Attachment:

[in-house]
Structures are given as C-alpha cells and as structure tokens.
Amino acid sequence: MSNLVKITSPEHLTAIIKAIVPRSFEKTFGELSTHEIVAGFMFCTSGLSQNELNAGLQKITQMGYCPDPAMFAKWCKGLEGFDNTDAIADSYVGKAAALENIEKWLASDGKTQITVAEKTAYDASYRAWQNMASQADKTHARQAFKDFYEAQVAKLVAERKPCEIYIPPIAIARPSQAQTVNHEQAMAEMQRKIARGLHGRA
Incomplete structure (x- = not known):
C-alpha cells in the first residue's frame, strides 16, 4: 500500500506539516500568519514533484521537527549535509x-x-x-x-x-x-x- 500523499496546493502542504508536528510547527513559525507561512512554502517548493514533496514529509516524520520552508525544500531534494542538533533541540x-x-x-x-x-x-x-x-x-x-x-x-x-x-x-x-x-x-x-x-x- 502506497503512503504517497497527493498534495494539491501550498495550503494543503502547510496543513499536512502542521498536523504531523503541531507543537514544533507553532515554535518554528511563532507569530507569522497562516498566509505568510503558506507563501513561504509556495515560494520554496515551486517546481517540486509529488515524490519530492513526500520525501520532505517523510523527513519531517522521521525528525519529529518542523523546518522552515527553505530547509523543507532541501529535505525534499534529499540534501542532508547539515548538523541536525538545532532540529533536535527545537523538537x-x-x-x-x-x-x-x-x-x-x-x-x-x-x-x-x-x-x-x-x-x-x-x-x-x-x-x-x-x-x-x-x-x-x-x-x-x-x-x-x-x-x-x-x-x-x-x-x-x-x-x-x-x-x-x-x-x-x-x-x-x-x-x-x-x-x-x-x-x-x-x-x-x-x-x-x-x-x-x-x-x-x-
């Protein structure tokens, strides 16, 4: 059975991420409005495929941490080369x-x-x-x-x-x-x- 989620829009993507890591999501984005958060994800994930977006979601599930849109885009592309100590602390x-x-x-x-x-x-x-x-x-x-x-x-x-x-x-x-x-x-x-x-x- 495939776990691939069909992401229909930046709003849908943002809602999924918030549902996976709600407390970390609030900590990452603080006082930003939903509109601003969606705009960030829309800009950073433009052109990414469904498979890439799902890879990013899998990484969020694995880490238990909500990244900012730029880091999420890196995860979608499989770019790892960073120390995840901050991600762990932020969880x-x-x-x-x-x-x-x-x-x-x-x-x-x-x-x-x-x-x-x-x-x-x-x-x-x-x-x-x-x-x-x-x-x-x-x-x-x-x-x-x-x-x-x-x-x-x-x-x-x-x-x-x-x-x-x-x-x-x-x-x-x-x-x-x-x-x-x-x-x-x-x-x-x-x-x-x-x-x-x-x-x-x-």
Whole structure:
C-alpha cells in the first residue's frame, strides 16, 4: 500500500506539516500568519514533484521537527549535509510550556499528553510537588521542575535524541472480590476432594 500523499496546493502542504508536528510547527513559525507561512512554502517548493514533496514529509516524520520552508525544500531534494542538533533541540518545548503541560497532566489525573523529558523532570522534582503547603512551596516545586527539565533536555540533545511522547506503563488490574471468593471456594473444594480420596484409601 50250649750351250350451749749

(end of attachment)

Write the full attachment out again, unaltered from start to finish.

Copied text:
[in-house]
Structures are given as C-alpha cells and as structure tokens.
Amino acid sequence: MSNLVKITSPEHLTAIIKAIVPRSFEKTFGELSTHEIVAGFMFCTSGLSQNELNAGLQKITQMGYCPDPAMFAKWCKGLEGFDNTDAIADSYVGKAAALENIEKWLASDGKTQITVAEKTAYDASYRAWQNMASQADKTHARQAFKDFYEAQVAKLVAERKPCEIYIPPIAIARPSQAQTVNHEQAMAEMQRKIARGLHGRA
Incomplete structure (x- = not known):
C-alpha cells in the first residue's frame, strides 16, 4: 500500500506539516500568519514533484521537527549535509x-x-x-x-x-x-x- 500523499496546493502542504508536528510547527513559525507561512512554502517548493514533496514529509516524520520552508525544500531534494542538533533541540x-x-x-x-x-x-x-x-x-x-x-x-x-x-x-x-x-x-x-x-x- 502506497503512503504517497497527493498534495494539491501550498495550503494543503502547510496543513499536512502542521498536523504531523503541531507543537514544533507553532515554535518554528511563532507569530507569522497562516498566509505568510503558506507563501513561504509556495515560494520554496515551486517546481517540486509529488515524490519530492513526500520525501520532505517523510523527513519531517522521521525528525519529529518542523523546518522552515527553505530547509523543507532541501529535505525534499534529499540534501542532508547539515548538523541536525538545532532540529533536535527545537523538537x-x-x-x-x-x-x-x-x-x-x-x-x-x-x-x-x-x-x-x-x-x-x-x-x-x-x-x-x-x-x-x-x-x-x-x-x-x-x-x-x-x-x-x-x-x-x-x-x-x-x-x-x-x-x-x-x-x-x-x-x-x-x-x-x-x-x-x-x-x-x-x-x-x-x-x-x-x-x-x-x-x-x-
């Protein structure tokens, strides 16, 4: 059975991420409005495929941490080369x-x-x-x-x-x-x- 989620829009993507890591999501984005958060994800994930977006979601599930849109885009592309100590602390x-x-x-x-x-x-x-x-x-x-x-x-x-x-x-x-x-x-x-x-x- 495939776990691939069909992401229909930046709003849908943002809602999924918030549902996976709600407390970390609030900590990452603080006082930003939903509109601003969606705009960030829309800009950073433009052109990414469904498979890439799902890879990013899998990484969020694995880490238990909500990244900012730029880091999420890196995860979608499989770019790892960073120390995840901050991600762990932020969880x-x-x-x-x-x-x-x-x-x-x-x-x-x-x-x-x-x-x-x-x-x-x-x-x-x-x-x-x-x-x-x-x-x-x-x-x-x-x-x-x-x-x-x-x-x-x-x-x-x-x-x-x-x-x-x-x-x-x-x-x-x-x-x-x-x-x-x-x-x-x-x-x-x-x-x-x-x-x-x-x-x-x-």
Whole structure:
C-alpha cells in the first residue's frame, strides 16, 4: 500500500506539516500568519514533484521537527549535509510550556499528553510537588521542575535524541472480590476432594 500523499496546493502542504508536528510547527513559525507561512512554502517548493514533496514529509516524520520552508525544500531534494542538533533541540518545548503541560497532566489525573523529558523532570522534582503547603512551596516545586527539565533536555540533545511522547506503563488490574471468593471456594473444594480420596484409601 50250649750351250350451749749